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Red Colored Elegy
posted May 29, 2008
Drawn and Quarterly, hardcover, 240 pages July 2008, $24.95
I can't imagine any comics fan who can afford a copy of Red Colored Elegy
not wanting one for their library. I don't know that I've ever read a comic quite like this one. Seiichi Hayashi's seminal work examines a relationship between two young people set against a backdrop of disappointment and ennui and economic hardship that flows into the foreground in an almost suffocating manner. I found this at times to be the most depressing comic I've ever read, in the fragility of its two leads as they hope for better circumstances while being buffeted by lesser ones. It's also elegantly drawn and designed, with a lot of attention paid to figure work in terms of how the two relate to one another. Some of it, such as a trip to the beach where the pair never quite get on the same page, are as realistically observed as anything I've ever read in comics, and devastating for that emotional truth.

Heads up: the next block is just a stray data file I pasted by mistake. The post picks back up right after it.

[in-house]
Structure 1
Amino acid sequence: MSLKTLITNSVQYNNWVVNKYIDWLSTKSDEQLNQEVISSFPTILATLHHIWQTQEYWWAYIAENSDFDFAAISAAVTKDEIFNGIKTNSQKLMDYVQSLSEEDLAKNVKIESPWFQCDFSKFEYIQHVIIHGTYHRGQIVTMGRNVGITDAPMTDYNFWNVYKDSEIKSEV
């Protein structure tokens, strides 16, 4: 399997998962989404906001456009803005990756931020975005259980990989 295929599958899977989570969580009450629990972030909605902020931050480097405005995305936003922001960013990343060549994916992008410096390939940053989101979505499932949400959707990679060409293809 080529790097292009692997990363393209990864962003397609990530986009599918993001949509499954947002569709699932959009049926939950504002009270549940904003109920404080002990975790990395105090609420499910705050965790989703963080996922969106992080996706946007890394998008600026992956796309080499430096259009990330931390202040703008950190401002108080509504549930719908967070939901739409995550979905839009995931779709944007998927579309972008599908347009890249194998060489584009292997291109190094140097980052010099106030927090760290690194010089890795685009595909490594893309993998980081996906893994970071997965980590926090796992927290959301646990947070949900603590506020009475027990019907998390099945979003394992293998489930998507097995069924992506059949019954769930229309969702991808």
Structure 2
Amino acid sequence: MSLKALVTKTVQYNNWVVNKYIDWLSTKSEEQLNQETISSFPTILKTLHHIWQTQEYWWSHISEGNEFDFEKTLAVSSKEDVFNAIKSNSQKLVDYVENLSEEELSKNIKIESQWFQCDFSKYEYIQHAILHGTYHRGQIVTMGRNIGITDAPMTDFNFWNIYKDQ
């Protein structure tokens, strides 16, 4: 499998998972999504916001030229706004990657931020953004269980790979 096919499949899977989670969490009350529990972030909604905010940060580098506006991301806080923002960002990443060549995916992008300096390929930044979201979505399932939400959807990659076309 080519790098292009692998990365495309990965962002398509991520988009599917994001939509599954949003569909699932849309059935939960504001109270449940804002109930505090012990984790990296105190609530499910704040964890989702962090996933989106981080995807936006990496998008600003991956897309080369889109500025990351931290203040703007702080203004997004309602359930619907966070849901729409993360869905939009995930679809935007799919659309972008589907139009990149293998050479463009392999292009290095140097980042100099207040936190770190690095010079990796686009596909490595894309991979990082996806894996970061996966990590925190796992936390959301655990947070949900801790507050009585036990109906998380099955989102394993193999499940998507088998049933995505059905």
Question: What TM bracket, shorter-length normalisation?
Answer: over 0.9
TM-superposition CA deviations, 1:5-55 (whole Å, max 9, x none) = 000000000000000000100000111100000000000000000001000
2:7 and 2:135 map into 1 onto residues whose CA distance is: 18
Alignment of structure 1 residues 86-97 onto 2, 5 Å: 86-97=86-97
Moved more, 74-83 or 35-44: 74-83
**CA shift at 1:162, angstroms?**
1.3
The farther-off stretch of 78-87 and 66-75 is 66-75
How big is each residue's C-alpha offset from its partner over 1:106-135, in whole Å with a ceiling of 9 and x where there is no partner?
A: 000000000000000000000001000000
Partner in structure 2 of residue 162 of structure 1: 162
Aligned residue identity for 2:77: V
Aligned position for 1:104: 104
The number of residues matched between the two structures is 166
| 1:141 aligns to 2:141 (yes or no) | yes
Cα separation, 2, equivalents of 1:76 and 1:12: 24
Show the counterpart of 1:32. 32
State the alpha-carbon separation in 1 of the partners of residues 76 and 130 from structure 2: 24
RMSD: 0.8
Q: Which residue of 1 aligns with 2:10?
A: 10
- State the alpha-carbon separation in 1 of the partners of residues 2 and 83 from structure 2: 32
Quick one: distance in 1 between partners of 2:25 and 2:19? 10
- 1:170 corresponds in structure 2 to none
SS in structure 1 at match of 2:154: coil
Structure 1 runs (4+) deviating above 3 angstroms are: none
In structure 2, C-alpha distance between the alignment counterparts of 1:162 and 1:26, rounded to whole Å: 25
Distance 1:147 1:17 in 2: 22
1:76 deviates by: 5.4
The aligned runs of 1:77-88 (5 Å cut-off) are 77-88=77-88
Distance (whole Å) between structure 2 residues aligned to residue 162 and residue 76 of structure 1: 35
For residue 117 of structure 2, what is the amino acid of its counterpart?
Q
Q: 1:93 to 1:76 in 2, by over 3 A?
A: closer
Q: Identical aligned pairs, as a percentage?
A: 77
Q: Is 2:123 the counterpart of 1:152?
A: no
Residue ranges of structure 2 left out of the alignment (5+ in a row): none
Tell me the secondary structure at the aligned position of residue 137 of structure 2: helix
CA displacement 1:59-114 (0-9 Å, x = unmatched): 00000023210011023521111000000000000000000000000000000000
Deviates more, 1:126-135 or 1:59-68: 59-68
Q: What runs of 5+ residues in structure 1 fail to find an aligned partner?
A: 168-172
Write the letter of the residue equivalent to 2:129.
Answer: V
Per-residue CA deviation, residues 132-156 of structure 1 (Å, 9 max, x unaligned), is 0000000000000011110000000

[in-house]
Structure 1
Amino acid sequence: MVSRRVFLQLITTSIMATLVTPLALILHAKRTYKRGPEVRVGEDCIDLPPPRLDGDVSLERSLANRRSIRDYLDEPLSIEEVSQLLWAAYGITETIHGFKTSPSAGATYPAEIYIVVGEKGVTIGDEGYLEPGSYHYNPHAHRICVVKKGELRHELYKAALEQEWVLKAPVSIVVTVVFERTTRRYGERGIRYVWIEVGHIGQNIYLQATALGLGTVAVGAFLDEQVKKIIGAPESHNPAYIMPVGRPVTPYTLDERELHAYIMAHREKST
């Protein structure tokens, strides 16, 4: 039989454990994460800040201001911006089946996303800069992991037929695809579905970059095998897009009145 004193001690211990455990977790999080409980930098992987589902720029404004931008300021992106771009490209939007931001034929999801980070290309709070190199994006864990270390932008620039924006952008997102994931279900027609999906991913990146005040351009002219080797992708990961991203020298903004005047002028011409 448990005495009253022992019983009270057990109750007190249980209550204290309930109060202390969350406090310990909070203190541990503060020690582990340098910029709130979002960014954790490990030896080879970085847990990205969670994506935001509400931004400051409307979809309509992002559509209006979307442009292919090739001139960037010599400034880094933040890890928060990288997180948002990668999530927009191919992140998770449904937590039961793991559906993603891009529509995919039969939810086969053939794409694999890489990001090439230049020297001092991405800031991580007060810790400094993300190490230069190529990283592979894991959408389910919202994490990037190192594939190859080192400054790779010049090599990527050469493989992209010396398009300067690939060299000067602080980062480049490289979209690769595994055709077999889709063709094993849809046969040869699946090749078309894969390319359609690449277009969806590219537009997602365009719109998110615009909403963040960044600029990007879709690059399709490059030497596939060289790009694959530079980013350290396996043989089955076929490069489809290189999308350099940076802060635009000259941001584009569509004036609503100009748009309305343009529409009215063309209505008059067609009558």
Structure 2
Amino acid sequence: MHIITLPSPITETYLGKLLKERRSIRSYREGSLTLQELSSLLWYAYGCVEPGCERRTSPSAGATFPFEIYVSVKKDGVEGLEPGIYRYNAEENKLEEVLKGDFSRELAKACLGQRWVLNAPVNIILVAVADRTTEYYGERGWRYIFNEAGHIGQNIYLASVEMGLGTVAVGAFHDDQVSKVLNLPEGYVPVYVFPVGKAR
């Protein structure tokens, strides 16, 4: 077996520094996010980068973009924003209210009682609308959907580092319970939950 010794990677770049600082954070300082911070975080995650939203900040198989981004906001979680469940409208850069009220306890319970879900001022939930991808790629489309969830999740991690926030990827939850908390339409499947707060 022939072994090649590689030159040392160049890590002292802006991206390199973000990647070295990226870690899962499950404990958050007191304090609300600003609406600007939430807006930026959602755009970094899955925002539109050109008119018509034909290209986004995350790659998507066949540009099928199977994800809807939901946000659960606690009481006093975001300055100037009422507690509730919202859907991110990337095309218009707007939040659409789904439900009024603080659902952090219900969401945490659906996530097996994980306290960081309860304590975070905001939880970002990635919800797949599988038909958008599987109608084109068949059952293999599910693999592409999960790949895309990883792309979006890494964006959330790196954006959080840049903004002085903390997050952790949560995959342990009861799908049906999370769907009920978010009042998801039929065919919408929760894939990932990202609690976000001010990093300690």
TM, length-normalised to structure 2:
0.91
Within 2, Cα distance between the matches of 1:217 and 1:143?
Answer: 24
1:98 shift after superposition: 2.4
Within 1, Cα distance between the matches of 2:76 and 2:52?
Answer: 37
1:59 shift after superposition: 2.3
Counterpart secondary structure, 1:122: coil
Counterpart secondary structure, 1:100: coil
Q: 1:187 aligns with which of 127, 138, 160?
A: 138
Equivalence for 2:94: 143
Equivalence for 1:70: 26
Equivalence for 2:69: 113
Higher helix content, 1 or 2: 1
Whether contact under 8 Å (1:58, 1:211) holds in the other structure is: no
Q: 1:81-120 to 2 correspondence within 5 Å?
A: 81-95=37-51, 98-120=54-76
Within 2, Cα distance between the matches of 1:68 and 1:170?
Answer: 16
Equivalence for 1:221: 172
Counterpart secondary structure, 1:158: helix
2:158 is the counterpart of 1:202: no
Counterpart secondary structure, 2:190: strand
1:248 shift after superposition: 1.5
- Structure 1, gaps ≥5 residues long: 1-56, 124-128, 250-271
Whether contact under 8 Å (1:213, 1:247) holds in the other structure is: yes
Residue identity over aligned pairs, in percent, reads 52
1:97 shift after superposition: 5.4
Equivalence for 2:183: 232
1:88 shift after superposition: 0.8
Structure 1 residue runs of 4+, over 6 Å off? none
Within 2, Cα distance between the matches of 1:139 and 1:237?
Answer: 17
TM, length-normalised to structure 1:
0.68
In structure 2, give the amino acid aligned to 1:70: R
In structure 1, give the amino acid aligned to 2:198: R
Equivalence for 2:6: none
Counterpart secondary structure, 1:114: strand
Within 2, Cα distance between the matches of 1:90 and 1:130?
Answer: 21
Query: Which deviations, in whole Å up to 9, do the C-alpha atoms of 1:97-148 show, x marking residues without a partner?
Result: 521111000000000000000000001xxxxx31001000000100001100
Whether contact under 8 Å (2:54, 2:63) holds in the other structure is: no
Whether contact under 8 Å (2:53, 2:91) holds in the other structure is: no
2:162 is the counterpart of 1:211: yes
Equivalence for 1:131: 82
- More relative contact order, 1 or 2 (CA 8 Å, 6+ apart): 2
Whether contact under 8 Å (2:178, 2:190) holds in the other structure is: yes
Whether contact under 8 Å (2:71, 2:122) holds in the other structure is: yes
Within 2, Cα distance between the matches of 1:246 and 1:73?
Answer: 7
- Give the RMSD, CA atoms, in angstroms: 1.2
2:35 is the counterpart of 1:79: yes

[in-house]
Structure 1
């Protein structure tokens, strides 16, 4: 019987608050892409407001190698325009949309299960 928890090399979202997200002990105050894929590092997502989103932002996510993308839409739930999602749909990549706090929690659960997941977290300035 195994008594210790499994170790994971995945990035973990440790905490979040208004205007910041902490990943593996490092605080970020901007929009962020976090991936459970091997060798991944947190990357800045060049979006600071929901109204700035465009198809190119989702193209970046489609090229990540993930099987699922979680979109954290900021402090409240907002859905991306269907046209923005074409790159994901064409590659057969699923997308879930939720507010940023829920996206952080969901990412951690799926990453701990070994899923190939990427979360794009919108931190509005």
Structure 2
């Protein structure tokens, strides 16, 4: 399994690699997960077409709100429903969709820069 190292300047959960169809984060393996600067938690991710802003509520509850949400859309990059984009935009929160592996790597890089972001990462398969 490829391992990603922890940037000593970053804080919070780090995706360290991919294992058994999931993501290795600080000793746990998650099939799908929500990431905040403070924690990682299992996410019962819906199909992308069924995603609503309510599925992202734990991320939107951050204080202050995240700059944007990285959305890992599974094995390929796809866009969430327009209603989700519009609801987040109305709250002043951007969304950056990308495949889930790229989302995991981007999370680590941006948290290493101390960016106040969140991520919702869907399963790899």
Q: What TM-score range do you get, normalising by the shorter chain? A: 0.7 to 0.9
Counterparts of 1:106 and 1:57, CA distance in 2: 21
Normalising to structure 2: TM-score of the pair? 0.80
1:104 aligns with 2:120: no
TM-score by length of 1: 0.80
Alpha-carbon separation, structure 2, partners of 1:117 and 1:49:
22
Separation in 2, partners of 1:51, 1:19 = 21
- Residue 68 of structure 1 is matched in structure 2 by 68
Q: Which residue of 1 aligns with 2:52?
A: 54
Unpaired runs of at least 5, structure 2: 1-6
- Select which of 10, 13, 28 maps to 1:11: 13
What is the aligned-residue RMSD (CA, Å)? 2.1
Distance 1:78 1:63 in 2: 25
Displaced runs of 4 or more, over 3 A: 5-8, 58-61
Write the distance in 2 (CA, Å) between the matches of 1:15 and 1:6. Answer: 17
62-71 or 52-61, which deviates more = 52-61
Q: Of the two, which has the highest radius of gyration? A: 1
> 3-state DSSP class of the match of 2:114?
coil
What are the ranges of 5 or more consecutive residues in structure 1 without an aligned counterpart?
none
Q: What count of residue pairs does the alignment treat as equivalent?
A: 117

I don't have the insight to figure out how people in Japan latched onto this early '70s work; I'm too far away from these characters and the time in my life I could have looked at the world this way to figure out how anyone could have seen the pair as role models or the situation as anything than an invitation to start crying. What sticks with me is a lot of the cartooning solutions that Hayashi brought to the page, the way that very simple cartooning can be taken in bold new directions through something other than a prodigious display of old-school craft. I'm afraid to read more than a page again, but every page I will read likely holds within it a different approach to page than any I'm used to, and that's cause for happiness.